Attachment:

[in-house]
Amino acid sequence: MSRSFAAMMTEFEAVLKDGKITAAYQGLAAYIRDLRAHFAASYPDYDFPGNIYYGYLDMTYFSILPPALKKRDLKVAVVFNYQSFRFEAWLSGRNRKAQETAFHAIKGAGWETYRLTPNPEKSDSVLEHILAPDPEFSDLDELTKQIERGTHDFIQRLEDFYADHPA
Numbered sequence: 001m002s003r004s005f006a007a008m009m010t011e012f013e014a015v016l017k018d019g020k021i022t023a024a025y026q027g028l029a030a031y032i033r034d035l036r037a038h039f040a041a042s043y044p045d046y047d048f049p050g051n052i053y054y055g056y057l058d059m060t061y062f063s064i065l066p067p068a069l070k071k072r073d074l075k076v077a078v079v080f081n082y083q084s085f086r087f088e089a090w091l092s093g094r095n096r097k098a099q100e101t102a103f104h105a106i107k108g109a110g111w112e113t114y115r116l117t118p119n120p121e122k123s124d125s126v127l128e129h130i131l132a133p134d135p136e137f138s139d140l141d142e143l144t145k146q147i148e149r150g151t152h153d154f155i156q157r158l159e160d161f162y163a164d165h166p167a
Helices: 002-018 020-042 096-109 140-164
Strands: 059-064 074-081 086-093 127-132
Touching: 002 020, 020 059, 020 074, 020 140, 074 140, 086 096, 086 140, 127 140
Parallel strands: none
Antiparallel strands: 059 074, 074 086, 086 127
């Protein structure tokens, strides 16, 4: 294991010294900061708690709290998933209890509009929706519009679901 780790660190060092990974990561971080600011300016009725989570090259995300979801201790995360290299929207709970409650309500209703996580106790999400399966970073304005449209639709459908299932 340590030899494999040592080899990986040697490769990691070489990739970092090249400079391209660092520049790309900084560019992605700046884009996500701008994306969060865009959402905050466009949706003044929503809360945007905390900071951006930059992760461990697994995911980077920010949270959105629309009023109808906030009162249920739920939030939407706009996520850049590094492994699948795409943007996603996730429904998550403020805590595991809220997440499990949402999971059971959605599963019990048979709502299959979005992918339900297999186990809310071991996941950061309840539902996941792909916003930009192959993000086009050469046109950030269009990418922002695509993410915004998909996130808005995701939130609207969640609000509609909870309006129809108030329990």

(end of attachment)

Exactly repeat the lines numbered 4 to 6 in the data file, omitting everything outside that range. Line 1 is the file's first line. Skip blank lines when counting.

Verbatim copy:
Helices: 002-018 020-042 096-109 140-164
Strands: 059-064 074-081 086-093 127-132
Touching: 002 020, 020 059, 020 074, 020 140, 074 140, 086 096, 086 140, 127 140